- And the trying to use fancy words answer: “We are agnostic.”
These answers indicate that you are not differentiated and are trying to compete in a highly competitive, commoditized market.
You look exactly like everyone else.
Which leads to the frustration and price competition we discussed. That’s why we say that agnostic is where MSPs go to die.
Or perhaps a fate worse than death: survival. The better option is to create your unassailable competitive advantage and thrive.
How to create your unassailable competitive advantage
The nifty thing about using a model is that it shows you where the opportunity is.
It’s in customer needs. Customers have huge unmet needs. Everybody is so focused on technology and competing in the same agnostic space that nobody is paying attention to the customer.
To create your unassailable competitive advantage, learn about and focus on a customer type.
Focusing on your customer aligns your services to your customer’s needs, makes them happier, and helps you turn that sliver of advantage into a massive yellow-shaded barrier to entry that your competition will be hard-pressed to copy.
I don’t mean focusing on a single customer; it’s about focusing on a customer type an avatar, or a niche. Joe’s first MSP served personal injury attorneys who used Saga. That’s it.
Since he was the only one with this offer, the lawyers tripped over themselves to hire him. His price could be whatever he wanted, and there was zero competition. He’d present his proposal and tell prospects: “We are more expensive than anybody else you will get a quote from. But we know Saga; we integrate it with your expense system and ensure you have all the data when you need it. You win cases more easily and make more money.’
Or something like that; the point is he was more expensive, he told people he was more expensive, and they hired him. (Or didn’t, which was fine; he worked with the lawyers who wanted his services.)
On the competitive front, we surveyed MSPs, and less than 30% claimed specialization. When we dug into it, less than 10% were actually specialized. There are about 40,000 MSPs in the US. If 30% are specialized, a specialized MSP has an immediate competitive advantage over 28,000 MSPs. If only 10% are specialized, you compete with only 4,000 MSPs.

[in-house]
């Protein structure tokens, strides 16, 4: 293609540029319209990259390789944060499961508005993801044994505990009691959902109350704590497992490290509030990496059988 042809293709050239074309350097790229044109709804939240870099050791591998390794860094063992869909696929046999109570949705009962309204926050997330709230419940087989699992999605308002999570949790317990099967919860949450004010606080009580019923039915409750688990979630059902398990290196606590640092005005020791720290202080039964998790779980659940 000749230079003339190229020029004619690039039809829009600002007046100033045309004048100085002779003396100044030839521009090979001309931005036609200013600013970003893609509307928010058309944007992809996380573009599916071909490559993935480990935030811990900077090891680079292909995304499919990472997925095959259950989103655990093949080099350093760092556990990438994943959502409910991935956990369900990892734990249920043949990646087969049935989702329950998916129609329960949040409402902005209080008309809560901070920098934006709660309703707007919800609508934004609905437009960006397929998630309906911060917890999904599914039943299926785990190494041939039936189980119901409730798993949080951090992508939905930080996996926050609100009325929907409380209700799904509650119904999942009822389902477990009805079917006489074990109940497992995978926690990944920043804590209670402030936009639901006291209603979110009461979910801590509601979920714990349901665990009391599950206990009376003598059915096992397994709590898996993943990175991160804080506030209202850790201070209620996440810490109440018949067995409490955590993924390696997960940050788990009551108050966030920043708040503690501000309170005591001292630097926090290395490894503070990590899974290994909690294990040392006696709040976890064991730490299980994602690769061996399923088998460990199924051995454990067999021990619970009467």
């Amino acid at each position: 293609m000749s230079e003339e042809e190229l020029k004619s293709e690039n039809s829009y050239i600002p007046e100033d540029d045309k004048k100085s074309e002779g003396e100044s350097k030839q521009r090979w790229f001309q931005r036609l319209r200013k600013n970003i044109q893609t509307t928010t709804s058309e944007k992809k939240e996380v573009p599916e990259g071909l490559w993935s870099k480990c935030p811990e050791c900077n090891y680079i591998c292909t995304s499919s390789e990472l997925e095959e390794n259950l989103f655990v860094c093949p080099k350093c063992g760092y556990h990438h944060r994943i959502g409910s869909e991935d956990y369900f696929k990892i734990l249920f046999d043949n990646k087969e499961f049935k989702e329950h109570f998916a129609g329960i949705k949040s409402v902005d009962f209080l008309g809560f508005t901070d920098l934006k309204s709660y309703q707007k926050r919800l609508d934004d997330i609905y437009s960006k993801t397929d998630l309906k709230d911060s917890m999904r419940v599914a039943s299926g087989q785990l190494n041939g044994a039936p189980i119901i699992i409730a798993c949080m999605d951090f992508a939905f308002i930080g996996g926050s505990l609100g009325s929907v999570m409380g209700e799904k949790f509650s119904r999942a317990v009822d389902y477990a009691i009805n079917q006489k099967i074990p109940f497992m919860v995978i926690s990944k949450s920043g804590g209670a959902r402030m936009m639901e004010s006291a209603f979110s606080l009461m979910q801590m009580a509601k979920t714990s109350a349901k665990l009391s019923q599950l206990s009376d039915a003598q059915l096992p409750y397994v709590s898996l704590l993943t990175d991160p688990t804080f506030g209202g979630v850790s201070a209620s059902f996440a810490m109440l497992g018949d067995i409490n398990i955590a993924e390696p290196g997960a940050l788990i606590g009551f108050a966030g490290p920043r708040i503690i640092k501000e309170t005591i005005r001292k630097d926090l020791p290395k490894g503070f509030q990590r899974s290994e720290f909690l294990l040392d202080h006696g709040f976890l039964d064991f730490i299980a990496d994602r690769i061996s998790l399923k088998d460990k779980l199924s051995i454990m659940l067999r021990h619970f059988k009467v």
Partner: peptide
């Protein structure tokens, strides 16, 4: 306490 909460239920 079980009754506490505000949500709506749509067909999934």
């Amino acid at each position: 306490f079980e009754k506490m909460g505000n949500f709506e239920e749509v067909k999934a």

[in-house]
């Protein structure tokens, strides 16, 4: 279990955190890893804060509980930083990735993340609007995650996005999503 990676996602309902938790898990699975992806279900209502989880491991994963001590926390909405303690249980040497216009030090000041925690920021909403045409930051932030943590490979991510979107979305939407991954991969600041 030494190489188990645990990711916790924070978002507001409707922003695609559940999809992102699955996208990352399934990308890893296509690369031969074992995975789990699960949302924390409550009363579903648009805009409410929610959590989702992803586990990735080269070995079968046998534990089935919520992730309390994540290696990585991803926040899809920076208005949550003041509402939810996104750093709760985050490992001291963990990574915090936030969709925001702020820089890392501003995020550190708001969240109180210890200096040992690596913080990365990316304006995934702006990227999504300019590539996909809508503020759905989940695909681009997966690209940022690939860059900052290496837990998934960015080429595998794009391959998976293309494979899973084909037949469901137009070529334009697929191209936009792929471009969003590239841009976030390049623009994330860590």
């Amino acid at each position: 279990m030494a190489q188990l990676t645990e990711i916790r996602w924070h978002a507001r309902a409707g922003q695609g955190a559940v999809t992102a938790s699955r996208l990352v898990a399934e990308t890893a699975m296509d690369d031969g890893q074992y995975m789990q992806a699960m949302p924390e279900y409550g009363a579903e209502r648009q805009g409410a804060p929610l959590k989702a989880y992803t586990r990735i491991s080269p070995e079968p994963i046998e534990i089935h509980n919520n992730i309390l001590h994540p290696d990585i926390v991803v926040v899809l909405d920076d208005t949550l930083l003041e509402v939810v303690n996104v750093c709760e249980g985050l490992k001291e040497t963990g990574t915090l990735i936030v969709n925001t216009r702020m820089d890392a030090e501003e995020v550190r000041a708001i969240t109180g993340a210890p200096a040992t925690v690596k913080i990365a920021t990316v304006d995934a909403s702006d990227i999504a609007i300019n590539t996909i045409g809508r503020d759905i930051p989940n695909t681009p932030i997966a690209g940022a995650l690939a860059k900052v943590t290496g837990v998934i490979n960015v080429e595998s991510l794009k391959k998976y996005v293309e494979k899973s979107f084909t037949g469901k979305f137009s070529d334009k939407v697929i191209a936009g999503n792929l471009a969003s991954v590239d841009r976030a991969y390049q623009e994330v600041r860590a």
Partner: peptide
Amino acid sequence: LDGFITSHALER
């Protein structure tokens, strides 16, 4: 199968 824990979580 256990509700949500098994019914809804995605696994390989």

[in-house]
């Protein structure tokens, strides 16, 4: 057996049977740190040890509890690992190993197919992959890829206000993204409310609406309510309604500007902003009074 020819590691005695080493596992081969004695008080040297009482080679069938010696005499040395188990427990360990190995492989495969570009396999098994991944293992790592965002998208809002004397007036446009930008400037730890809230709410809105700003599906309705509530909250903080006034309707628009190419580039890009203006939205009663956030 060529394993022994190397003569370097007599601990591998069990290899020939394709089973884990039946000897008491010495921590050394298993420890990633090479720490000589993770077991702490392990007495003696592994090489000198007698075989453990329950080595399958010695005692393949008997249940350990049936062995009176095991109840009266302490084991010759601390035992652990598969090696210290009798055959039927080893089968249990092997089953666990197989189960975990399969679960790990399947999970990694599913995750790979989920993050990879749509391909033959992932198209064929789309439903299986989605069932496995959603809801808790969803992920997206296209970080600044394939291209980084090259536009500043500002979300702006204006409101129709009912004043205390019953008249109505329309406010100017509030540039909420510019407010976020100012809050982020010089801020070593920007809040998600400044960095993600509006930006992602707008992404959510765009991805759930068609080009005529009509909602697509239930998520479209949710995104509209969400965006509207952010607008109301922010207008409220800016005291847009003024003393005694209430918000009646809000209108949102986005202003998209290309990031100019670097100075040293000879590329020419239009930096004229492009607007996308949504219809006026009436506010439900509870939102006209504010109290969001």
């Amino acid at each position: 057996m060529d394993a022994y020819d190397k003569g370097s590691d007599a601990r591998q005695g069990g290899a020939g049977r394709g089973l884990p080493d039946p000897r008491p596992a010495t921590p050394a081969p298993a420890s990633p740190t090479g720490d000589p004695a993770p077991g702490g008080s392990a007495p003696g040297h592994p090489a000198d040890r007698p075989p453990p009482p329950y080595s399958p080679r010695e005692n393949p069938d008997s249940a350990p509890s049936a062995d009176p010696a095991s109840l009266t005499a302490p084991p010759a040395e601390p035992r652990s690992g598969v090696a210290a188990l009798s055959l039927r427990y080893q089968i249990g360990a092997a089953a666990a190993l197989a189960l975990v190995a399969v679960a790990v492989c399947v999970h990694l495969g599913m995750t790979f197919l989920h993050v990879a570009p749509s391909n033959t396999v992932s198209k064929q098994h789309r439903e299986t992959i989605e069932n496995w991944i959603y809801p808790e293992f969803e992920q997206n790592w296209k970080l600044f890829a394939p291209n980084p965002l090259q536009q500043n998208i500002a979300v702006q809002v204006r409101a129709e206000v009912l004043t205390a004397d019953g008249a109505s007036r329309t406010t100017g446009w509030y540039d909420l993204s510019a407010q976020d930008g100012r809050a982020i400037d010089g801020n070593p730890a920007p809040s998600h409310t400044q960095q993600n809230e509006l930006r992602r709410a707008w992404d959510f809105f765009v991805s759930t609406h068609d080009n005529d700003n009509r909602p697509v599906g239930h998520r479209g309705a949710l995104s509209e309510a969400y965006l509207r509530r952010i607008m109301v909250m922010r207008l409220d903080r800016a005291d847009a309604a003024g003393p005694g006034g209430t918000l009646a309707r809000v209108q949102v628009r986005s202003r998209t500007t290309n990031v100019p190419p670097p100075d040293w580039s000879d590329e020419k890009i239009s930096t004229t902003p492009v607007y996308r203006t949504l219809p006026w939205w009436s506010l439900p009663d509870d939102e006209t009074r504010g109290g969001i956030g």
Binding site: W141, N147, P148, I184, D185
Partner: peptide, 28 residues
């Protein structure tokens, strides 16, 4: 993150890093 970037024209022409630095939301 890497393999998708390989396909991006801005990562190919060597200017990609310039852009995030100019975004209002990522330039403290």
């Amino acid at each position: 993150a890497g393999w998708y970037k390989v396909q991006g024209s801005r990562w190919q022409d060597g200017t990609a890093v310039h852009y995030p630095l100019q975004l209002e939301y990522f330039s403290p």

And that 4,000 is a dramatic overstatement because all the specialized MSPs focus on different niches. In any given niche, you are looking at dozens of competitors nationwide. So you go from one of thousands to one of a few dozen.
That’s why we call it an unassailable competitive advantage.
It helps you too…
Another benefit to defining your unassailable competitive advantage is that it helps you get better at what you do.
Since you focus on a narrow customer segment, the universe of software and issues you support shrinks dramatically. Your team solves the same problem repeatedly, so you can capture the solution the first time and save time every single time you solve the problem.
This is intellectual property, allowing you to deliver a higher level of service with less effort and for more money.
So, define your unassailable competitive advantage
The riches, they say, are in the niches. This post explains why.
A highly valuable company exists to solve problems for a customer type. The better you do that, and the narrower the customer type, the more valuable you are and the more efficient your delivery.
So now, get started on your unassailable competitive advantage.